Developing a level of mastery as a writer takes time and plenty of practice. The best way to hone your voice and observe it developing is by writing regularly. Forcing yourself to get on and do the damn thing, every day.
It’s like learning to play an instrument to a professional level. If you only put in the occasional marathon practice session, your skills won’t develop, beyond a certain stage.
That used to be me.
I played the flute and got a lot of recognition in my youth for my ability. From the age of 10, I was certain, that was the path I wanted to pursue.
By 18, I was studying on a college course that was heavily-weighted towards music and performance. My other A-Level subjects were taught in 5 hours a week. For Music, we studied 12+ hours a week, and that didn’t include practice time and concert rehearsals.
It was total immersion, and I loved it.
My academic ability in music soared, resulting in an A at A-Level. But my performance level started to falter around the age of 19.
My flute teacher could tell I wasn’t putting in the practice. Lessons were becoming painful because I wasn’t making progress with the tricky parts of the pieces I was learning.
I never did master “Flight of the Bumblebee.”
I just kept hoping to wing it on the minimum amount of practice.
I didn’t want to admit that I wasn’t completely committed to the path I was on. That’s what you do — you hold on to the dream and develop a kind of delusion that you’re moving towards it. Because it’s what you want.
None of us on that course really wanted to practice for 4+ hours a day. Our professor gave us a firm talking to and told us that we’d all become teachers, not performers. Oh, the light of truth! How dare he! I did NOT want to be a teacher.
Honestly, we didn’t have a sense of urgency about achieving our goals. We were dreamers. Caught in a time when we still had it too good. I know I thought I was gifted enough to swing it and still get what I wanted.
I wasn’t. Without the practice, there was no progress. I quit playing not long after that.
This is why I feel the urge to help people who have a dream.
I work with people who have a dream to be a writer and help them find ways to make it happen. It’s one part encouragement and one part dispelling the delusion that you’ll somehow become a writer by wanting it hard enough.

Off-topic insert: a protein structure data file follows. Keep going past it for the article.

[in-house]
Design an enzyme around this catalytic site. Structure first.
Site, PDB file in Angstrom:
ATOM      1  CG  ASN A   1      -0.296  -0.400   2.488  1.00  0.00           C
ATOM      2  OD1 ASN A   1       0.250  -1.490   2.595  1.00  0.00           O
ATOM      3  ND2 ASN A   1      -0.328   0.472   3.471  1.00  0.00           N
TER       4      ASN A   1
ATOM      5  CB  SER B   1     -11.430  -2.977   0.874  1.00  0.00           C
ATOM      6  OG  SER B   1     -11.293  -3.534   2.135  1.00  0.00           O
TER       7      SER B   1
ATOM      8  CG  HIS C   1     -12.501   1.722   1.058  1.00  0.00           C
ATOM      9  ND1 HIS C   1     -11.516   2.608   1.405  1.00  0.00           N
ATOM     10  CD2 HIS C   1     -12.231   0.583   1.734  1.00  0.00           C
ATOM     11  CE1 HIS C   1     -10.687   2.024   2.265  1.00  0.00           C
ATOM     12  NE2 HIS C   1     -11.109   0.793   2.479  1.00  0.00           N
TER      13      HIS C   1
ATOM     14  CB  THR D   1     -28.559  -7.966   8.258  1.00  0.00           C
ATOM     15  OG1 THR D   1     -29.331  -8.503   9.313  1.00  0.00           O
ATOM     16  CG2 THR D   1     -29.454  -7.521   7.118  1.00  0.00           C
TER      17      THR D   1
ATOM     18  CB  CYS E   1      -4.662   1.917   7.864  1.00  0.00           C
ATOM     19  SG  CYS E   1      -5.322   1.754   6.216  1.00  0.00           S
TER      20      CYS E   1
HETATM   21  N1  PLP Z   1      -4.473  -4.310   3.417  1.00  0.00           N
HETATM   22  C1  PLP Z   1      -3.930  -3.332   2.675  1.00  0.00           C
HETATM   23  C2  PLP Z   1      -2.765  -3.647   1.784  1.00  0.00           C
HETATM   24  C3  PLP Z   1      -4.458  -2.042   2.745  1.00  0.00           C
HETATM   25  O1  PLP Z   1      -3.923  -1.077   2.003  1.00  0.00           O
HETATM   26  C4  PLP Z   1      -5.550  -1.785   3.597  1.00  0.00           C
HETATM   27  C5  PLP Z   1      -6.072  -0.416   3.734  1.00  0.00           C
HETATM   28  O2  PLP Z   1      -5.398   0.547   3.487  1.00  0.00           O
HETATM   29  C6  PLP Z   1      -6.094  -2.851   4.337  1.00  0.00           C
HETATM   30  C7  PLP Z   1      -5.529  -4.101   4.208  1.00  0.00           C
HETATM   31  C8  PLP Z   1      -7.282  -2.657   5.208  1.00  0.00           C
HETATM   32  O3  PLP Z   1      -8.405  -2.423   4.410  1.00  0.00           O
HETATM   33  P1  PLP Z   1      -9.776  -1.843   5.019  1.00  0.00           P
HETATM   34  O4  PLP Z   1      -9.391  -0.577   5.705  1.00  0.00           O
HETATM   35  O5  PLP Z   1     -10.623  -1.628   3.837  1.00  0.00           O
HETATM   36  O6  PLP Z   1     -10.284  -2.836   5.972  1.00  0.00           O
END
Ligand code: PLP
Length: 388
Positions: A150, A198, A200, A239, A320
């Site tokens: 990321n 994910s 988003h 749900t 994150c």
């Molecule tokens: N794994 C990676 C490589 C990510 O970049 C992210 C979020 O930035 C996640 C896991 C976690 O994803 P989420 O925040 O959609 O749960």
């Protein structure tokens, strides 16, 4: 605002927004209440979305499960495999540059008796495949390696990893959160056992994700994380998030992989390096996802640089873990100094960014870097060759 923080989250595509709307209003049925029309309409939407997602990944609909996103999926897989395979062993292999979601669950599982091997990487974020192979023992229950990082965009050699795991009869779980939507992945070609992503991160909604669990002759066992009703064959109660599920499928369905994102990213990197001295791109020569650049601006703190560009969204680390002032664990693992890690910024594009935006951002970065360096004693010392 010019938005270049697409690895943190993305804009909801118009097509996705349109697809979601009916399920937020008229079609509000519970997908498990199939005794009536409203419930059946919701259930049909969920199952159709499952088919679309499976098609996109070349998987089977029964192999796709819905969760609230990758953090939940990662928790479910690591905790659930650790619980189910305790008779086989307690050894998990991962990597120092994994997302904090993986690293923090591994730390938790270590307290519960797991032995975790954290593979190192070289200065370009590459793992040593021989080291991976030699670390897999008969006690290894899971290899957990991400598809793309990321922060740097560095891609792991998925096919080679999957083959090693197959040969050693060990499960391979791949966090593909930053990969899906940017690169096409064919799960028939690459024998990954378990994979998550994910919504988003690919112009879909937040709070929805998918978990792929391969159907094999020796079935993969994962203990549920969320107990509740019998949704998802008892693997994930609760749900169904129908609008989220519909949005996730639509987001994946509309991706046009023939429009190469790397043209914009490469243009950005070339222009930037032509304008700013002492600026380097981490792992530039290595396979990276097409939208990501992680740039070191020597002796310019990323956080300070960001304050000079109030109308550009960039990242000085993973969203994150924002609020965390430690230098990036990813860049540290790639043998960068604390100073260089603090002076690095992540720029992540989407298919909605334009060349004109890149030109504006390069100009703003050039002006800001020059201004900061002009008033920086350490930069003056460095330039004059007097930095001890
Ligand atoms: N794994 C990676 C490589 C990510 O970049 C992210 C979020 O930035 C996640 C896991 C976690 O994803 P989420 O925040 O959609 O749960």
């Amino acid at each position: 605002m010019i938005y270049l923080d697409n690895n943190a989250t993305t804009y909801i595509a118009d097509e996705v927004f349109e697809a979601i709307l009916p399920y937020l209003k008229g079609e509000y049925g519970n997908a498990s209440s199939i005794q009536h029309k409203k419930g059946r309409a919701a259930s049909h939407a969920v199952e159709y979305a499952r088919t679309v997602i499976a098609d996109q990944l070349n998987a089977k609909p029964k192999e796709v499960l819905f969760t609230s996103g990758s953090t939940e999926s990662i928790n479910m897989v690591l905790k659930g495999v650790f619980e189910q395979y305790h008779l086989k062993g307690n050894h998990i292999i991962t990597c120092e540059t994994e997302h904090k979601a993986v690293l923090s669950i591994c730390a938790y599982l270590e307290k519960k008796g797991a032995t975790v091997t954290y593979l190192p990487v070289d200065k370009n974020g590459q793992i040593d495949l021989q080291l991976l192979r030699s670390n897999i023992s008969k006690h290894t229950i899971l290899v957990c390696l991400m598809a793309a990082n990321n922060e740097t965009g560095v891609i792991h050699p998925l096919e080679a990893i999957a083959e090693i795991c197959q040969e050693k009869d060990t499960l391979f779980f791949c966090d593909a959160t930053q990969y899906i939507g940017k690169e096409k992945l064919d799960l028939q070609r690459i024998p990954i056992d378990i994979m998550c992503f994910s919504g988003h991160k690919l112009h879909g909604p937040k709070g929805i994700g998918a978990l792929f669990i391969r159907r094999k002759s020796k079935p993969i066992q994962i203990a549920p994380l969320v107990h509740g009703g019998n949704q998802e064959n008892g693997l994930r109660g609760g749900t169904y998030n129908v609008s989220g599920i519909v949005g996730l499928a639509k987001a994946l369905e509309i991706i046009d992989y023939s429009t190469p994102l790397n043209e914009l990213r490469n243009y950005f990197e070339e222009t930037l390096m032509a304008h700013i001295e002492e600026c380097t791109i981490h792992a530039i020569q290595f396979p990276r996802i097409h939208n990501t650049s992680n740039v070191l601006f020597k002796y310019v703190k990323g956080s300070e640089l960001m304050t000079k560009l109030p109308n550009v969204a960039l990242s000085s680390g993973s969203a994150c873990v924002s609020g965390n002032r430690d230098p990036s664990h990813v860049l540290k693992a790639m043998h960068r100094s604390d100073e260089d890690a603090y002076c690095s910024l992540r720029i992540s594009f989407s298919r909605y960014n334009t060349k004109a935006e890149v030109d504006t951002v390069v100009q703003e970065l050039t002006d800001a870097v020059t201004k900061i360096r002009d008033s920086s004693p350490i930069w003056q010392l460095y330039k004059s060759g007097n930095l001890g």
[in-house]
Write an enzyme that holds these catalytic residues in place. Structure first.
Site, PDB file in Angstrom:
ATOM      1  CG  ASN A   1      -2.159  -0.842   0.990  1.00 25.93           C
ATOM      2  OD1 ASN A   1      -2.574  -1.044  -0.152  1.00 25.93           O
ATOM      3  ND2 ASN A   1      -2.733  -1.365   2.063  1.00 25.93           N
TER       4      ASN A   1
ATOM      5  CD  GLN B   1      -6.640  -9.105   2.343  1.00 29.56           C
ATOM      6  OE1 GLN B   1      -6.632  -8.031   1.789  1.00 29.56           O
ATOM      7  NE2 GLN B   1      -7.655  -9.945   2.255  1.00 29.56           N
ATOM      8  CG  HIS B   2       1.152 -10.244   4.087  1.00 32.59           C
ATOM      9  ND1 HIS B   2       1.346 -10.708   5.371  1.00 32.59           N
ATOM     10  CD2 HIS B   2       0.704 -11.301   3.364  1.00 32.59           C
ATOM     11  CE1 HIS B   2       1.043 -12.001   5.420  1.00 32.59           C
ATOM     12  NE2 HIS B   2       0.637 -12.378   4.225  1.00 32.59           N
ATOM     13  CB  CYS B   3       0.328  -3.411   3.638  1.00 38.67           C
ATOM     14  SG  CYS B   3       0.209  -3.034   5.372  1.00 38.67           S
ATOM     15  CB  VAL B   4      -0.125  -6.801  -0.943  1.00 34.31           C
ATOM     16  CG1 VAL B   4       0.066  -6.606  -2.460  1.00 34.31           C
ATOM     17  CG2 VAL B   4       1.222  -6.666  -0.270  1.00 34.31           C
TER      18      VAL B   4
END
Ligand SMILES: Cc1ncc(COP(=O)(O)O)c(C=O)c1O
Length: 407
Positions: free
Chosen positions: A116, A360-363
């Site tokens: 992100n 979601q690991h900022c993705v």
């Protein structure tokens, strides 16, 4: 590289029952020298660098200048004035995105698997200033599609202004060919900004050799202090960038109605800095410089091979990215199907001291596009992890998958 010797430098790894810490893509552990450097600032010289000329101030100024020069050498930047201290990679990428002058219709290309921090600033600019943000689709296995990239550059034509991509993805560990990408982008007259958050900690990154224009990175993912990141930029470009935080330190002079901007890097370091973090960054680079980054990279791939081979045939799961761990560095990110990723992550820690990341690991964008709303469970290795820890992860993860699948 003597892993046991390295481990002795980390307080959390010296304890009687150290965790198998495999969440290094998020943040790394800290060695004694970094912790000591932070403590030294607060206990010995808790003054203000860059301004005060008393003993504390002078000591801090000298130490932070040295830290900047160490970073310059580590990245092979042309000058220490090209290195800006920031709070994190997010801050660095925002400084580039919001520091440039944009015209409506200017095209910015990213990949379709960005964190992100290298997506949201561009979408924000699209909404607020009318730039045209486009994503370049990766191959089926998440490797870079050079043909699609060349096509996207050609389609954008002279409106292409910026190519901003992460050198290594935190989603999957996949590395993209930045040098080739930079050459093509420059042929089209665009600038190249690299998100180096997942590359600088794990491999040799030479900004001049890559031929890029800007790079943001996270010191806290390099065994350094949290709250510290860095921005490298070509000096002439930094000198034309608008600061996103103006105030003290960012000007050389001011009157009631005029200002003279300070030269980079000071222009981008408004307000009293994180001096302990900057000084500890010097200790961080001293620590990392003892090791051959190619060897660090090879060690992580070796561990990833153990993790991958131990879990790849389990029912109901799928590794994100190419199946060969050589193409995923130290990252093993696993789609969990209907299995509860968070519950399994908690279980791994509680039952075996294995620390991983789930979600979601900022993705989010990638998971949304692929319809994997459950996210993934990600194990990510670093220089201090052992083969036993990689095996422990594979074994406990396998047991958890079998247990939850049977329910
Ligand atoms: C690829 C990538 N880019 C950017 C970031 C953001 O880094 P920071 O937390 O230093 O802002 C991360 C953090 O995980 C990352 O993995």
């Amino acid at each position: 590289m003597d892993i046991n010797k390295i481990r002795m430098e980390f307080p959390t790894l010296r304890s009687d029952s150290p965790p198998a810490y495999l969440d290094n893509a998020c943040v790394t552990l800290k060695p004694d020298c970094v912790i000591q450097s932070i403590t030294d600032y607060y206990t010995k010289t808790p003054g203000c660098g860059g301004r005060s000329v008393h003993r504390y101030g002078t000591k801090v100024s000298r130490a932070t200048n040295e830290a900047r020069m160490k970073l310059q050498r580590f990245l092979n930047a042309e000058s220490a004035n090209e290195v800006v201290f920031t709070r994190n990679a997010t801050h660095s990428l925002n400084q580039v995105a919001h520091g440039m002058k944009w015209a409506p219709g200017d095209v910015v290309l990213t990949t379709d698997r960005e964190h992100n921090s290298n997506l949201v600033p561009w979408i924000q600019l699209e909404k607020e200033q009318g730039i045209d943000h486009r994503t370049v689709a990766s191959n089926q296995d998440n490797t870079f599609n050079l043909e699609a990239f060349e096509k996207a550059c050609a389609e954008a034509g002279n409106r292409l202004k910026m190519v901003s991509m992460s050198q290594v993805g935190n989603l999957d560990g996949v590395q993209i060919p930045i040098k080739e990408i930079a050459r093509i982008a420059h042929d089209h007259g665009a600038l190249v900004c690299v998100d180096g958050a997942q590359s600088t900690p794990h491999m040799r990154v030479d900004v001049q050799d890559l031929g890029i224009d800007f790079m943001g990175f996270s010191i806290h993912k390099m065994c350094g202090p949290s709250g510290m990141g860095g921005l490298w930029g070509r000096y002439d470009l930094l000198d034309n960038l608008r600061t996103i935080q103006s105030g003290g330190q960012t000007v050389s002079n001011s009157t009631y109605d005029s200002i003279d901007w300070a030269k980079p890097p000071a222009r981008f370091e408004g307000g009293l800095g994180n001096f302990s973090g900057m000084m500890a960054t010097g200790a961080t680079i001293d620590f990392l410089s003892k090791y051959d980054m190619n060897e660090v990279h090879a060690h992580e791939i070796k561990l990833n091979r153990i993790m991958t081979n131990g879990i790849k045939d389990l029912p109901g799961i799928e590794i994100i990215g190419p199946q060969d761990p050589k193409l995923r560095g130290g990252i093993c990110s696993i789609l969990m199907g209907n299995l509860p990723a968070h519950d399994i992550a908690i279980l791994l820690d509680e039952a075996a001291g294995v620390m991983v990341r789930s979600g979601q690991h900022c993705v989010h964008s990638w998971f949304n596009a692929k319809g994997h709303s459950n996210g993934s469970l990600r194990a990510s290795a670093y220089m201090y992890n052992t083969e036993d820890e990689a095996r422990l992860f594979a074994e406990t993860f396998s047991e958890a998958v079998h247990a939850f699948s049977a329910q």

Maybe if I’d been shown the reality of becoming a professional performer, I’d have seen what needed to be done sooner.
The reality is, all successful performers spend 4–6 hours a day practicing. Most of that time is spent alone, in chilly practice rooms, which at colleges are often in basements. Or they’re windowless and soundproofed, like a grey cocoon.
I hated being in those rooms and feeling cut off from the world, running over awkward sections of Bach sonatas for hours on end.
If you enjoy the practice, you have a shot at becoming a master.
Becoming good at a thing is about finding something you enjoy practicing. When I wake up in the morning, I’m excited to get to my Mac, with my notebook at my side.
The whole ritual I’ve created around my practice supports that. The coffee pot is on before I begin. My pretty yellow mug is ready to be filled. My talismans are on my desk (quartz crystals, glass owl & potted plant).
I slip into the zone and feel like the writer I need to become before I begin to write.
Nobody needs the rituals and the talismans.
Sometimes I capture my best ideas when I’m out on a walk, rapidly typing them into Google Docs on my phone.
Some people have a steely level of focus that allows them to just get on and write. It’s never been like that for me. I am the Queen of Distractions. There are so many different trains of thought running through my head that I can jump on one at any time and land up 80 miles away before I’ve even noticed.
The rituals and the talismans remind me what I’m here to do, and who I need to focus on being, in order to get the practice done.
I like to think that one day I won’t need them. But they also give me cheer. They remind me that I’m here to practice — that’s the goal.
Some writing done is better than none.
Make your practice the focus of what you do.
When you focus on your practice, rather than your output, you’re more likely to do the work and stick to your practice schedule.
This is why it’s important for beginner writers to put in the time and freewrite frequently, before setting themselves goals to write a book or publish x number of stories by a certain date.
Learn to love the practice before you set yourself lofty goals like that.
Reward yourself for showing up.
Mark the days off on a calendar — the ones you actually turn up at the page and write. Get a packet of little golden stars and make a wall chart. It sounds so silly but it works.
Stick it on the wall behind your computer and smile proudly to yourself each time you add another star.
Join a group (like mine!)
Join a group that supports you in your writing practice and helps you build a regular habit of turning up at the page. The right group will give you a blend of encouragement and accountability that makes you want to get down to work.
Of course, you don’t have to do any of these things. But don’t get caught in the delusion trap of thinking that you’ll become a writer one day, without doing something about it. If you find the thing you love to practice, you’ll wake up every day excited about getting to do the thing, and practice won’t feel like an inconvenience or a chore.